Getting started with other XML

TopLeaf can be used to format any well-formed XML content. The XML does not need to be valid with respect to a DTD or schema.

The following will guide you through the process of creating an initial stylesheet from some content. It assumes that the content is available on the local file system. If your content is stored in a content management system you will need to extract a copy to the file system. If it refers to other resources (such as images) make sure these are copied as well.

Select File » Open... to display the Open dialog.

Select the top-level item as shown above and press the New button. The New Level dialog will appear.

Enter a name and make sure that the Level is a publication box is checked. In TopLeaf terminology a publication stores the information associated with a stylesheet, so you will need to create a separate publication for each stylesheet you create.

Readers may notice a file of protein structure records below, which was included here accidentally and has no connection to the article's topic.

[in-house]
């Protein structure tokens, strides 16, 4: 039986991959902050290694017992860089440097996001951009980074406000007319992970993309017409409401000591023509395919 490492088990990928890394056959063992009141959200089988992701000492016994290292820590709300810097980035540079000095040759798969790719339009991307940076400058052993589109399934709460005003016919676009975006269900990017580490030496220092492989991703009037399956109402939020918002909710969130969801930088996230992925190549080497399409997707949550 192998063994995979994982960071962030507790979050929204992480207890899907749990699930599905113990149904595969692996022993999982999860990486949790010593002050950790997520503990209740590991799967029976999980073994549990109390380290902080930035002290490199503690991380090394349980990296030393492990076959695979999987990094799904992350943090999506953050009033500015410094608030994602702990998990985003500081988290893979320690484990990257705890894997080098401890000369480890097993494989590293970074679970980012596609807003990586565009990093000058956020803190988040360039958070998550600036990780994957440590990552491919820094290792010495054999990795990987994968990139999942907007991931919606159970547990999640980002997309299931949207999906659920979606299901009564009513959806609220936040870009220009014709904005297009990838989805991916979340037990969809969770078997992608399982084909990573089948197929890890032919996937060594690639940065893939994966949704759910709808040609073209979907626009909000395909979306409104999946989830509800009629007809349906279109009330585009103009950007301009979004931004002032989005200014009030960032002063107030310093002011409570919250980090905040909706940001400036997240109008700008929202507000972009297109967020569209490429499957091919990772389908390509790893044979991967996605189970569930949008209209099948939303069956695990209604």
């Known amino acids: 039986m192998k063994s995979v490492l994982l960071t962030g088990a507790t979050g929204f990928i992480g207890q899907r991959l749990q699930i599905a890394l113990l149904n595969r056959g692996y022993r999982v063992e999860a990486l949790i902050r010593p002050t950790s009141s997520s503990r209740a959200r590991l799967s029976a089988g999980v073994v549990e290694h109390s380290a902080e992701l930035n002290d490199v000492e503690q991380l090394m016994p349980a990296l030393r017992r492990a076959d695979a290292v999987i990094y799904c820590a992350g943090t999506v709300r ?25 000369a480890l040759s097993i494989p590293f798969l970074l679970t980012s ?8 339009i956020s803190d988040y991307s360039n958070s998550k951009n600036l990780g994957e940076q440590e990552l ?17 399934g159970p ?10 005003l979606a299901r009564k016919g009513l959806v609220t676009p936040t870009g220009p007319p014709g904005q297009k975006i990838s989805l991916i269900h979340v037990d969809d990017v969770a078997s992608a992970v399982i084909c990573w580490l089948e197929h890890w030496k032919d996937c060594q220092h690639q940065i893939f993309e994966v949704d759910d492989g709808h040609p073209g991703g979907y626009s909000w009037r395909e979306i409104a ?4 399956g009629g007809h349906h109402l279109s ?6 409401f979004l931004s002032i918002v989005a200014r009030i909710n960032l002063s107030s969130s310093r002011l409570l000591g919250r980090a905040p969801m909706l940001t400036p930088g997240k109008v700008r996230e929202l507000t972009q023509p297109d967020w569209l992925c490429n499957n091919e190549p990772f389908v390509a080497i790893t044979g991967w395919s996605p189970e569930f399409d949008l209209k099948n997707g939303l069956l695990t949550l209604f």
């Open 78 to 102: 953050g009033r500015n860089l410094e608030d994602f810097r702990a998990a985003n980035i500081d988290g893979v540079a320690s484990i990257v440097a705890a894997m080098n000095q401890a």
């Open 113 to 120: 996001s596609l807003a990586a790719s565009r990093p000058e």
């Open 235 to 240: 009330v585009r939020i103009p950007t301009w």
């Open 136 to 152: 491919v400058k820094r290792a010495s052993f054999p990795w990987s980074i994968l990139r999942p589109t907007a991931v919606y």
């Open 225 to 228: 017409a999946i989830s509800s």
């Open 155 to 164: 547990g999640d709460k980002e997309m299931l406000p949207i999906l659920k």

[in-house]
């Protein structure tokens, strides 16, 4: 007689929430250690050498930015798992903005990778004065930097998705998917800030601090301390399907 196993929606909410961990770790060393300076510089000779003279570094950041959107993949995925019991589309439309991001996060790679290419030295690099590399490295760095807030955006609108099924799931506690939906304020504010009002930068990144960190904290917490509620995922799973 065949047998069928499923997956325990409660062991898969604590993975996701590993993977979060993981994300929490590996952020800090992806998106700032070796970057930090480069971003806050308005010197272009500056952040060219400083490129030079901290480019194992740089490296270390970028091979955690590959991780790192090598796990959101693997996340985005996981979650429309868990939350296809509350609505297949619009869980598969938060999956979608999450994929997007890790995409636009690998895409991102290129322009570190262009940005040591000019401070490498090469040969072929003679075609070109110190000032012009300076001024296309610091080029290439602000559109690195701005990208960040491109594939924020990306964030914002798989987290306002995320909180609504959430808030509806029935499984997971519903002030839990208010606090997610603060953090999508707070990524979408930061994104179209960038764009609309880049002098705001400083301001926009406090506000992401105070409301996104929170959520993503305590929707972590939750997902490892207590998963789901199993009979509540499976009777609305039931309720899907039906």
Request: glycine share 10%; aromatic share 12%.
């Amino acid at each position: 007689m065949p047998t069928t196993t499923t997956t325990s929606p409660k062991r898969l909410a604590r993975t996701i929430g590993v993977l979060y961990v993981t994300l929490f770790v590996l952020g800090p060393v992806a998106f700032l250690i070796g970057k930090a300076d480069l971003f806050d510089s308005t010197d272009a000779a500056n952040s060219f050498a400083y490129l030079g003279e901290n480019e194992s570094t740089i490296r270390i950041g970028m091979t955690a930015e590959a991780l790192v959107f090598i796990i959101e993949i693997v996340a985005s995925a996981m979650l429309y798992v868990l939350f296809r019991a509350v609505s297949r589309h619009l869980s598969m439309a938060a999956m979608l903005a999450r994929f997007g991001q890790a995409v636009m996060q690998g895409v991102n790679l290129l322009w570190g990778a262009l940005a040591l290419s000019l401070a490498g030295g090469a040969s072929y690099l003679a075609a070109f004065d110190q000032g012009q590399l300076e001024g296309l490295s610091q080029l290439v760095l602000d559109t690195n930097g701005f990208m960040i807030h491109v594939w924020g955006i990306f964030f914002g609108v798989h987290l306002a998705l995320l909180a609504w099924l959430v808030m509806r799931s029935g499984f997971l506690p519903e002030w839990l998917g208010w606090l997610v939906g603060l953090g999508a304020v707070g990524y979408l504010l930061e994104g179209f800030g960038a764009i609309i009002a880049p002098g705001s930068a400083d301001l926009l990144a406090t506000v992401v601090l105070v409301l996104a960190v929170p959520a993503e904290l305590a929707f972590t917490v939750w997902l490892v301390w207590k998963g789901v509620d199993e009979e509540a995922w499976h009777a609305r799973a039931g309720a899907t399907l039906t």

When you press OK you will see the following dialog:

A publication contains one or more partitions, each defining its own content. By convention the first partition is called Template, but you may enter any appropriate name. Enter the path to the source document file. If your content consists of multiple files, select the “main” file that refers to all of the others. Press Next to continue.

You can use the default values on the Publication Options dialog. TopLeaf will examine your source document and try to guess the type of table markup used. If you are unsure of the correct model to use, select Unknown. The publication options for your stylesheet can be changed later if necessary.

[Note] Note

By default TopLeaf examines the source document and tries to create an appropriate set of initial mappings. If you have a CSS stylesheet for formatting your XML you may get a better result by choosing Import from a CSS file.

After you press Finish the new partition is selected in the Open dialog. Press the Open button to open the partition and start working with it.

Select Commands » Compose to render the document using the default layout and the initial mappings. See Typesetting concepts for information on how you can change the appearance of the rendered output.